Ain't I A Woman By Sojourner Truth
A speech given by Sojourner Truth in 1851, where she speaks about both, women and black’s rights. In Akron, Ohio, during a women’s right convention in 1851, Mrs. Truth expressed her thoughts on this subject. A very controversial pair of subjects that had no support from the government, and little from the people. There are a lot of points of the day Mrs. Truth brings out, that needed said. Even a non- feminist can agree with many of them. So what were the points she brought out, and how did they affect the lives of the people then? This will be discussed in light coverage in this essay.
Mrs. Truth, points out that among the men, the way they treat a woman, was not offered to the black women of the time. If a white woman was getting into a carriage, she had to be helped, but a black woman was left to her own. A white woman was helped over a mud puddle, but a black woman was left to fend for herself. Everything that was offered to a white woman, in the name of courtesy towards women, was held back for black women.
In effect Mrs. Truth showed how racist the north was towards the Blacks, just as the south was claimed. Sojourner showed how there was, in fact little difference, between the north and the south. Because in both, blacks were treated basically the same north or the south. But what she fails to mention is that in the North, if a Black found a job, the chances of finding a house was even harder. Many businesses did not want blacks working for them, and fewer landlords wanted to rent to a black family. So living on the streets was a common sight.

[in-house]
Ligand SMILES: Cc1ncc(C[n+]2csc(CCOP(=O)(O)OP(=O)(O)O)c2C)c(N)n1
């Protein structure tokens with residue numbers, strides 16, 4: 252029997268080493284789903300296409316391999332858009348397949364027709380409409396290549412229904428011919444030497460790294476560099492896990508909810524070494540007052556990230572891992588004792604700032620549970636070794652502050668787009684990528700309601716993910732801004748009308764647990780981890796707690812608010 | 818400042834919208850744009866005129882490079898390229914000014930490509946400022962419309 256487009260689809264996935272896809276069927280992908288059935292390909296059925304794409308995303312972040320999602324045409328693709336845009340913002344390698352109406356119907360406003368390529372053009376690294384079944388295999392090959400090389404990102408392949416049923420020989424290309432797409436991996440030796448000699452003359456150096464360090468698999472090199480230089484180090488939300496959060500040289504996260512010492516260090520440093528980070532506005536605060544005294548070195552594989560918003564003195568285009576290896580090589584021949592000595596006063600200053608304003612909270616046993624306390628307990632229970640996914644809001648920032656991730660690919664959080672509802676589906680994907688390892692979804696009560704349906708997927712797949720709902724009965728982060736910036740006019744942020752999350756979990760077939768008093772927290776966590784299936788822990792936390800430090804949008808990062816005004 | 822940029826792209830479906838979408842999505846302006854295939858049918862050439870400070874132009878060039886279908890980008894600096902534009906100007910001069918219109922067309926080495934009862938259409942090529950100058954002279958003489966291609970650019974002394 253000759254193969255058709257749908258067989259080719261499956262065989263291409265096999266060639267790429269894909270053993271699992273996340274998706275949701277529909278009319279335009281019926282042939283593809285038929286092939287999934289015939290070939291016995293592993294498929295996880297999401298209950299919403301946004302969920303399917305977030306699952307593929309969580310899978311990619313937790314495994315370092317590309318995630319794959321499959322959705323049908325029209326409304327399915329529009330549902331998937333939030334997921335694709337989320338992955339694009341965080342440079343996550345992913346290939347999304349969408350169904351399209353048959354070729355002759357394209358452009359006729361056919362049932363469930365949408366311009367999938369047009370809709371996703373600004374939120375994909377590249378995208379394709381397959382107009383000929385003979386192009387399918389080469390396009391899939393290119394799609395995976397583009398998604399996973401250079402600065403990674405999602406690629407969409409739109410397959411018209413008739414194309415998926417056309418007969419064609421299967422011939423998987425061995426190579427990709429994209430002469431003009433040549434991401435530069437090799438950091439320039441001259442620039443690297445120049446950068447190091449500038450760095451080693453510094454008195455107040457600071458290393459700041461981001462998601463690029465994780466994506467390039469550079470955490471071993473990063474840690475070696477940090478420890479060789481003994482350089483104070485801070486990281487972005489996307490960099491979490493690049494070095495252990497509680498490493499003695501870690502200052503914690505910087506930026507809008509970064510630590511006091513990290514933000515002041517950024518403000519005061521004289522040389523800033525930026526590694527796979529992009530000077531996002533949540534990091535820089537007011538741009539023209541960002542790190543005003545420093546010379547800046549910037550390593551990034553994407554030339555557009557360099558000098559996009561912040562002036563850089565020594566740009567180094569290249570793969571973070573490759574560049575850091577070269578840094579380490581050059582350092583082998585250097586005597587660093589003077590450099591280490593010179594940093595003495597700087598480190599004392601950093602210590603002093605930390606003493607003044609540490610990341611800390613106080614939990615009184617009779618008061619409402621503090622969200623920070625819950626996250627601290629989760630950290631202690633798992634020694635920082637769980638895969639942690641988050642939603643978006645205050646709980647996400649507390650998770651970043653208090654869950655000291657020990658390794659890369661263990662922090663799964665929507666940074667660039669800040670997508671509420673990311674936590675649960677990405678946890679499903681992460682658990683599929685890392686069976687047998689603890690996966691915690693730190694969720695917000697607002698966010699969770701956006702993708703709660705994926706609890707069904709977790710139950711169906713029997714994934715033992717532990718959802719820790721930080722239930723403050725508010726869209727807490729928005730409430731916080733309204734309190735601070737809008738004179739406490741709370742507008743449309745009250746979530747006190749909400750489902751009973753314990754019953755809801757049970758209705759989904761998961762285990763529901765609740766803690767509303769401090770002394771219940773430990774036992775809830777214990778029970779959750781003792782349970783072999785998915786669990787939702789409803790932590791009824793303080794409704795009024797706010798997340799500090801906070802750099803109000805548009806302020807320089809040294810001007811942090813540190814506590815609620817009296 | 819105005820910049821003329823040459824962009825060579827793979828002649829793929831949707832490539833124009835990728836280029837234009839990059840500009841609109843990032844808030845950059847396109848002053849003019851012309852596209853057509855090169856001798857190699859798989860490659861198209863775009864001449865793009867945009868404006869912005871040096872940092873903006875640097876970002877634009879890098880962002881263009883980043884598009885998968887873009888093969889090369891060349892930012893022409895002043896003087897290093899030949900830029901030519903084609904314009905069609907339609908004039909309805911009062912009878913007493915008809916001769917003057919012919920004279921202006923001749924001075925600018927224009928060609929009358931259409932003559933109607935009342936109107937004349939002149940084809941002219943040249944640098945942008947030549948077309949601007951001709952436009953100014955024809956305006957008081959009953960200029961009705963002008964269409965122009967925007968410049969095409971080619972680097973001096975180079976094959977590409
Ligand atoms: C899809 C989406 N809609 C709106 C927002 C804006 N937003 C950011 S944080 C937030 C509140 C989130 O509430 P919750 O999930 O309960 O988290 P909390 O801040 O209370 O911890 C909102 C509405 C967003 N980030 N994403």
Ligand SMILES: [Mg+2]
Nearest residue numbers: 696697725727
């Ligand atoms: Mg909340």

Mrs. Truth continued talking about the situation of the woman and the blacks. About how women were not looked at, as having intelligence, and Black rights was a dream that had not yet been experienced. She pointed out that even though women were treated as lower members of society, Blacks were lesser yet.In some ways almost mocking the women’s rights movement.
Mrs. Sojourner Truth, made a lot of points that were every valid. No matter what a person’s views of the woman’s right movement were. Sojourner put it in its place, compared to the rights, and the conditions of the Blacks of the time. She was a smooth talking, yet direct woman, that spoke her piece. And she said it with a direct grace that needed to be said at the time.